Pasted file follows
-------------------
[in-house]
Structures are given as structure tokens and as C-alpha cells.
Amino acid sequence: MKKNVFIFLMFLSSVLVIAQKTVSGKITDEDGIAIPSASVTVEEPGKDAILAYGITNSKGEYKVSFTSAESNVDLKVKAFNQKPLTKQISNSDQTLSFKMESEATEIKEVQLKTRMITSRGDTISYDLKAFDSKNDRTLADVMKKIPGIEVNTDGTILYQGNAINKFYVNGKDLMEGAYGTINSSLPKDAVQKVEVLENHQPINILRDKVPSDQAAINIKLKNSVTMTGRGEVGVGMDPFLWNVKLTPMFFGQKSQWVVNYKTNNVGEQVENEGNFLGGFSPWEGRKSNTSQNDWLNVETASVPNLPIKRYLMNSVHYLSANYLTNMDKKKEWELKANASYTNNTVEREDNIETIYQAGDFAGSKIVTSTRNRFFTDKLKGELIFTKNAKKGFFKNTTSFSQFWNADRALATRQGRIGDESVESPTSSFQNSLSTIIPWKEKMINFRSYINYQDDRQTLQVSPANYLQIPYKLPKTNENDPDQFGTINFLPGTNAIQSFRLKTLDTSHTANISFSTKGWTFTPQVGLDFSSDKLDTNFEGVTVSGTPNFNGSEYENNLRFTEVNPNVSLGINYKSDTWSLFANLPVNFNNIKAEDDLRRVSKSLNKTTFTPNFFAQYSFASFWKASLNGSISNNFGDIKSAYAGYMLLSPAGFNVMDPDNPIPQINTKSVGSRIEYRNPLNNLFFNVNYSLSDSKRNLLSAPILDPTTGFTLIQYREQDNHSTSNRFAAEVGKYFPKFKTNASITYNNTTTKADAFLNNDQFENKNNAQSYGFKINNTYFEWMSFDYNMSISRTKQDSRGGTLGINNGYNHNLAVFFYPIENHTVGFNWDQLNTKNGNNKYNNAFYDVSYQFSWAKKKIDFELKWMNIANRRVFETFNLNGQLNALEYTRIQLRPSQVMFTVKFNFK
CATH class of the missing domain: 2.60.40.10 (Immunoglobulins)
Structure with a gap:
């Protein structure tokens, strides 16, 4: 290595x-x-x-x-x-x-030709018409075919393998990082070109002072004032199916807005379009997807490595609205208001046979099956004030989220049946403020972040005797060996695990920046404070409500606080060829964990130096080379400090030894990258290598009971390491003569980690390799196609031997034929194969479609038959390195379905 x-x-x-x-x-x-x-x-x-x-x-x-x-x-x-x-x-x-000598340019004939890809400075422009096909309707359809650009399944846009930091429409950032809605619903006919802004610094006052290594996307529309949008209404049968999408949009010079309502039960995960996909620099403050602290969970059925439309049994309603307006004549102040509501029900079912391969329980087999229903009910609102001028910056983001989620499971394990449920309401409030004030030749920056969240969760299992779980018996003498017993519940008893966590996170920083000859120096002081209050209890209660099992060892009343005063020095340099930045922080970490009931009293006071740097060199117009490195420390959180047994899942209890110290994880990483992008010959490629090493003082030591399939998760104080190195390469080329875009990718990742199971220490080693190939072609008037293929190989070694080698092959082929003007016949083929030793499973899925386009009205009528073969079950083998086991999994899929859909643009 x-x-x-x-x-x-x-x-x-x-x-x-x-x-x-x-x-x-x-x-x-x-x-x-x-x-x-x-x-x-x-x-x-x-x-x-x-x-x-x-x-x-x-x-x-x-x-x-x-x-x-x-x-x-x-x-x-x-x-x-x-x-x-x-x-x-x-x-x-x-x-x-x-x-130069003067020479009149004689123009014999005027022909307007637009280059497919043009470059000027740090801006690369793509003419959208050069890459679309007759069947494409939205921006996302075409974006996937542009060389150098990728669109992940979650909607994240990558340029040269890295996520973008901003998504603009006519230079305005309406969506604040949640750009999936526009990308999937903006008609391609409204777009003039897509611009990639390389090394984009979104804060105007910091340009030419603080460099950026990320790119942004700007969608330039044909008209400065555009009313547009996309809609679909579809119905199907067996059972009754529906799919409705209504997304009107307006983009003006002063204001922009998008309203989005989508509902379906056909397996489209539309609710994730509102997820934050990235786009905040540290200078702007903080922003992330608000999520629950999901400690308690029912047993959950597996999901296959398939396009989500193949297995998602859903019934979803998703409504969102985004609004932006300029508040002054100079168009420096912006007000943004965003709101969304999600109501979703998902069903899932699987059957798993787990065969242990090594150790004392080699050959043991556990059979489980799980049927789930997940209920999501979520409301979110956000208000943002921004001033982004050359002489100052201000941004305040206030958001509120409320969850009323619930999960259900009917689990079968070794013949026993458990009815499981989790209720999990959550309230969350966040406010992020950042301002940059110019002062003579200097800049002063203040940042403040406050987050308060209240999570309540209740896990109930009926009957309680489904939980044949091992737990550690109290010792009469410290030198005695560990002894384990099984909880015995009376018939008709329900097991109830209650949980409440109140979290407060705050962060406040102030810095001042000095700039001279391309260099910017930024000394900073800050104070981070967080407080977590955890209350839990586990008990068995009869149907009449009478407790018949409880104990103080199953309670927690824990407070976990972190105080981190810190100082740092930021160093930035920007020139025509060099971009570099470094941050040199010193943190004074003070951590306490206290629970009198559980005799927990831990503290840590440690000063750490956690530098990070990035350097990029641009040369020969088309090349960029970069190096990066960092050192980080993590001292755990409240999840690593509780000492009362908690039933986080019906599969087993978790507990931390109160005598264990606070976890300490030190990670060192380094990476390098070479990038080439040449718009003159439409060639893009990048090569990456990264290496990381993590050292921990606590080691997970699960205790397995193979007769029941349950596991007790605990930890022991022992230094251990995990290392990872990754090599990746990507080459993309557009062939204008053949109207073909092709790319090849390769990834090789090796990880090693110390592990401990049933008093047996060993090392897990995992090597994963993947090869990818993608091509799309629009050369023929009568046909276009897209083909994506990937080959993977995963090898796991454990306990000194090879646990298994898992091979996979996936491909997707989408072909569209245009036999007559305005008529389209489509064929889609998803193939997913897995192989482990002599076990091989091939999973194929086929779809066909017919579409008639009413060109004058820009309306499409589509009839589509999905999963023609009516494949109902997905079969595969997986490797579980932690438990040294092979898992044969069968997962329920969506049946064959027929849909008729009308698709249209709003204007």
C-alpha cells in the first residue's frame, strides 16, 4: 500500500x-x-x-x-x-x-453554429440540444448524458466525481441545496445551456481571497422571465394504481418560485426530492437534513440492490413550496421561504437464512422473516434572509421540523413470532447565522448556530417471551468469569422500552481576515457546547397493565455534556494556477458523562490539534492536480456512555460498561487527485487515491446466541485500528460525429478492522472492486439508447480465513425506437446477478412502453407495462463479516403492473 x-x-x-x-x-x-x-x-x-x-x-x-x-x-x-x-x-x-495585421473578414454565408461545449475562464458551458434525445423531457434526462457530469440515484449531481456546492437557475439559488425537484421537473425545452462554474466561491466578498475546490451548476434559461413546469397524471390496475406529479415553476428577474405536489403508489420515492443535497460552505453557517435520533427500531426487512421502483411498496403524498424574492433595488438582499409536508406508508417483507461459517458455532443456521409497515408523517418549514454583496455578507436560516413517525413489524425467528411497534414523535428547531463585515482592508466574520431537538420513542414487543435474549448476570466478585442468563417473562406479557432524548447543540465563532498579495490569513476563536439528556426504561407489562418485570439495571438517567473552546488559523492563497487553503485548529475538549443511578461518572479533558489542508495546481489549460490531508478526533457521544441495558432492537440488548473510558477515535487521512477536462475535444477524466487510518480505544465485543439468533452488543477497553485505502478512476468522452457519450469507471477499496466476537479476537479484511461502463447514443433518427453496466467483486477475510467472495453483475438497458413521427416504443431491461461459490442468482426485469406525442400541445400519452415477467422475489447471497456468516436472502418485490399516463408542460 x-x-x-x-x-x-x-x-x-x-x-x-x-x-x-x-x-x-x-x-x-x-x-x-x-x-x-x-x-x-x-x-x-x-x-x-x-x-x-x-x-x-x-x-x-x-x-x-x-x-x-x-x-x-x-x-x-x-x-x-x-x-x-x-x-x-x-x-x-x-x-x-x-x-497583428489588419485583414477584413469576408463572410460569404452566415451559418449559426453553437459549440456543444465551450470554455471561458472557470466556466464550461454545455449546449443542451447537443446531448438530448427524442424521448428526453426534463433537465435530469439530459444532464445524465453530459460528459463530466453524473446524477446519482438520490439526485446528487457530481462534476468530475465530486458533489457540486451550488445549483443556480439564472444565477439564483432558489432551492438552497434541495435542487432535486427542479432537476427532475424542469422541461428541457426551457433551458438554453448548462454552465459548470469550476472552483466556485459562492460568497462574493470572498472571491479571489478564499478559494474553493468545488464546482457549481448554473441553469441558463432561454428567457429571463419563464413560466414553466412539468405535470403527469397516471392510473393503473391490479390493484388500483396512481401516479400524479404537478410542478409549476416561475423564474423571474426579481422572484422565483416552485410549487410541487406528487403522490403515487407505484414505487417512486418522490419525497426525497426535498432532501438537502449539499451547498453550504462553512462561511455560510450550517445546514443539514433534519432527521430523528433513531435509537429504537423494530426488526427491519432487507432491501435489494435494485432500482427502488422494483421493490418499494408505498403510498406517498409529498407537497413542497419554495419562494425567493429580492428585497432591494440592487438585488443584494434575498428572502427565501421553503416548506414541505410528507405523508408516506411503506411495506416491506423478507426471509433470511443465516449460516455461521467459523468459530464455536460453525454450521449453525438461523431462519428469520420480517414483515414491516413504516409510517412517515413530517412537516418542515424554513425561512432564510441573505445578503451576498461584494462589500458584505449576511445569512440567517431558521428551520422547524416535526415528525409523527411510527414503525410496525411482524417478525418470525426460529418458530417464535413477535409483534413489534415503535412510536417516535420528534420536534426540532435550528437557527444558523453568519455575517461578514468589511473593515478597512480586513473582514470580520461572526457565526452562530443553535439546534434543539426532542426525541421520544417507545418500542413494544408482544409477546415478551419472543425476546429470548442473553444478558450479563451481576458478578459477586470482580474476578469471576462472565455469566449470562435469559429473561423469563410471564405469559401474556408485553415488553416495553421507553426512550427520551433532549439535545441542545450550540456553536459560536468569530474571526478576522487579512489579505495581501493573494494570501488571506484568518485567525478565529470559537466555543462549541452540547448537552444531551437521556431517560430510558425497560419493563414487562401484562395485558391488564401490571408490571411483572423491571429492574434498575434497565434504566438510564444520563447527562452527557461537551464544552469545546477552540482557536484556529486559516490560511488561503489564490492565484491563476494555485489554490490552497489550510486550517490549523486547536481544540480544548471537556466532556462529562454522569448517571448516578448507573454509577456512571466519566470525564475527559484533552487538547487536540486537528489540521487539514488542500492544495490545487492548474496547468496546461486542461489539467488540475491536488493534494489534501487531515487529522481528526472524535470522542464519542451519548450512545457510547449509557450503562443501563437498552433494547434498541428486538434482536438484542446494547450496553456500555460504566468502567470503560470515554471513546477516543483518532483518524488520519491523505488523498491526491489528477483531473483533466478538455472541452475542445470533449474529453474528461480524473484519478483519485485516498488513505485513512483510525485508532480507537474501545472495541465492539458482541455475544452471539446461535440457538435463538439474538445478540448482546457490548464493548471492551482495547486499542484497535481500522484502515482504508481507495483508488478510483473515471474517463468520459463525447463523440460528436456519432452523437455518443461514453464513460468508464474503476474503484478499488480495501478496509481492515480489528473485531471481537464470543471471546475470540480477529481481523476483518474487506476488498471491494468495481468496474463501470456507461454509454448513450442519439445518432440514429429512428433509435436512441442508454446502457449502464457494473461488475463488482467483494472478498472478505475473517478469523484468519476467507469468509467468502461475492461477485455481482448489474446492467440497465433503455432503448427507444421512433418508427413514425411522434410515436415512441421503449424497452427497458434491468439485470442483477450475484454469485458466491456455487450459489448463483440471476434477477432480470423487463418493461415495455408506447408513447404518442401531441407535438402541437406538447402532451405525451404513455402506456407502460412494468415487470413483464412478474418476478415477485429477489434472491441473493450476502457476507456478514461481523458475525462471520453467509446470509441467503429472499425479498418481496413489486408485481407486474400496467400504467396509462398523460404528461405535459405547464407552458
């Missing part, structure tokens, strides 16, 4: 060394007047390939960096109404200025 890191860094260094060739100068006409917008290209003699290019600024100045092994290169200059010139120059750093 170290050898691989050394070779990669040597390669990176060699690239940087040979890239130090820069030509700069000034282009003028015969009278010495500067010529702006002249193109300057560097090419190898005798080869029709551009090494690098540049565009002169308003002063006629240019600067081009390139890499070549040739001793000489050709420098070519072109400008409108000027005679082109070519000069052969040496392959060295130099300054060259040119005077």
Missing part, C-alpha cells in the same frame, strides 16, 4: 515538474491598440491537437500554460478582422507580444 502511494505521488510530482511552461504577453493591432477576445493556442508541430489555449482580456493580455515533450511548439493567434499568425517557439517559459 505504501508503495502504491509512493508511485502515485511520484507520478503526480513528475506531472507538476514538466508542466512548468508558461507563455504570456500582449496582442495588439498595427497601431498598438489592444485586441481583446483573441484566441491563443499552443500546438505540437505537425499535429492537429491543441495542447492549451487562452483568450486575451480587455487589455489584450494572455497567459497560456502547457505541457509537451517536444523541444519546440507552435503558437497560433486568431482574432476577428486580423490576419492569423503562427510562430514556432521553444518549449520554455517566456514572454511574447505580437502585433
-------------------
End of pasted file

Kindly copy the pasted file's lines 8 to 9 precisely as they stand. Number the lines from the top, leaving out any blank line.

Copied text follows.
């Missing part, structure tokens, strides 16, 4: 060394007047390939960096109404200025 890191860094260094060739100068006409917008290209003699290019600024100045092994290169200059010139120059750093 170290050898691989050394070779990669040597390669990176060699690239940087040979890239130090820069030509700069000034282009003028015969009278010495500067010529702006002249193109300057560097090419190898005798080869029709551009090494690098540049565009002169308003002063006629240019600067081009390139890499070549040739001793000489050709420098070519072109400008409108000027005679082109070519000069052969040496392959060295130099300054060259040119005077």
Missing part, C-alpha cells in the same frame, strides 16, 4: 515538474491598440491537437500554460478582422507580444 502511494505521488510530482511552461504577453493591432477576445493556442508541430489555449482580456493580455515533450511548439493567434499568425517557439517559459 505504501508503495502504491509512493508511485502515485511520484507520478503526480513528475506531472507538476514538466508542466512548468508558461507563455504570456500582449496582442495588439498595427497601431498598438489592444485586441481583446483573441484566441491563443499552443500546438505540437505537425499535429492537429491543441495542447492549451487562452483568450486575451480587455487589455489584450494572455497567459497560456502547457505541457509537451517536444523541444519546440507552435503558437497560433486568431482574432476577428486580423490576419492569423503562427510562430514556432521553444518549449520554455517566456514572454511574447505580437502585433